Some 55% of light vehicles sold worldwide are expected to feature fuel-saving start/stop engine technology nine years hence, according to new analysis by consulting firm Navigant Research, up from just 22% this year.
“The basic stop-start system is gradually evolving into one piece of a multi-faceted approach to improving fuel economy in light duty vehicles,” noted David Alexander, Navigant’s senior research analyst, in the firm’s new Stop-Start Vehicles report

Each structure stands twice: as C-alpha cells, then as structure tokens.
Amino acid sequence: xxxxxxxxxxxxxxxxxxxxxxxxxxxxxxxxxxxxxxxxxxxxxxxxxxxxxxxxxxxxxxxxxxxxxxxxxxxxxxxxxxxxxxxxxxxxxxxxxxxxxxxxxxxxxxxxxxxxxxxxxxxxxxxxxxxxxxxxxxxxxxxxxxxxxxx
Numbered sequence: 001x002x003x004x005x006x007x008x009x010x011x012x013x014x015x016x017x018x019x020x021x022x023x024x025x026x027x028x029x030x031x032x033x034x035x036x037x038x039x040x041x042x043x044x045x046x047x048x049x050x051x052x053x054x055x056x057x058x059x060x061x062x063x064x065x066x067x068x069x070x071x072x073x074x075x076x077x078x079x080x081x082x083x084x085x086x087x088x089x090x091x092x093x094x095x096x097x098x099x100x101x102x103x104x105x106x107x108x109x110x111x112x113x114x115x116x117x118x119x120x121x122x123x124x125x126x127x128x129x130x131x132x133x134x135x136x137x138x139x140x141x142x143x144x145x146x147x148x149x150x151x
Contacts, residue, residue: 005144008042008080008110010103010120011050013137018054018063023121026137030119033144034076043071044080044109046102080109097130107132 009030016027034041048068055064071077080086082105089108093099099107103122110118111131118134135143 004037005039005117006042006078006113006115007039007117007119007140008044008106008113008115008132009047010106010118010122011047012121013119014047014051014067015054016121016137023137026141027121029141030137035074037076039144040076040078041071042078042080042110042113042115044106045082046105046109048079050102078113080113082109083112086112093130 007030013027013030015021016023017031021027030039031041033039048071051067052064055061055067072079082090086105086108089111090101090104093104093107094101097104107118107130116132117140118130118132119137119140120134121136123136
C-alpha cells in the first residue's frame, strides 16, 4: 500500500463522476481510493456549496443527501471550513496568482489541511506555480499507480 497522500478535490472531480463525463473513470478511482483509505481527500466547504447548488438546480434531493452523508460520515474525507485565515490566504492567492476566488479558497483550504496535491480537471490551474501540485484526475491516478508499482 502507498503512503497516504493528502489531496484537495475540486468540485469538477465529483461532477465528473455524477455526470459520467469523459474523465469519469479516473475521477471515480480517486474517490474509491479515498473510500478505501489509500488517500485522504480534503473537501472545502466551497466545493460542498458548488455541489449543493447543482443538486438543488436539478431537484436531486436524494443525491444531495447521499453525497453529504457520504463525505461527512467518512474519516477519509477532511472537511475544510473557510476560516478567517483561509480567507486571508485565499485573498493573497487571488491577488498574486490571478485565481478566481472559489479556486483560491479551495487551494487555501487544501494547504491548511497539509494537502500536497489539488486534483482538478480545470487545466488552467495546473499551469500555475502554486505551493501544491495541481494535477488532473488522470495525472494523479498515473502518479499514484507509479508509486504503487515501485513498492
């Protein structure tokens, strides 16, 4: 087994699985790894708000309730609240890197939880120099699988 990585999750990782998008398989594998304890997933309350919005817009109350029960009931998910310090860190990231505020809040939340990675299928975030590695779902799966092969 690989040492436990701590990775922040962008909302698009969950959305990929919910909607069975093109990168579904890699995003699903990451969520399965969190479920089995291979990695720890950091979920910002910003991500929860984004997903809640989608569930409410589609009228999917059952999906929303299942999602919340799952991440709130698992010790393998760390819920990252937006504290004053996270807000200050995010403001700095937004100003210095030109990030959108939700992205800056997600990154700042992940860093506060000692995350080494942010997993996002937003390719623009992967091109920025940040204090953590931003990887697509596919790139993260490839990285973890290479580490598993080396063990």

“This is spurring the development and implementation of ancillary systems, such as air conditioning, power steering, and brake assistance, that are only activated when required, rather than being a small but constant drain on engine output,” he explained.
Alexander added that stop/start systems automatically shut engines off instead of allowing them to remain at idle when a vehicle is stationary. The technology then quickly restarts the engine when it is time to resume driving.
“Start/stop systems … save fuel even during short stops, after just 0.7 seconds,” he added. “This results in up to 8% saving in fuel economy overall compared to vehicles with conventional engines,” he added.
Navigant pointed out that “smoother and faster operation” is the key to gaining broader consumer acceptance for stop/start systems in the North American market.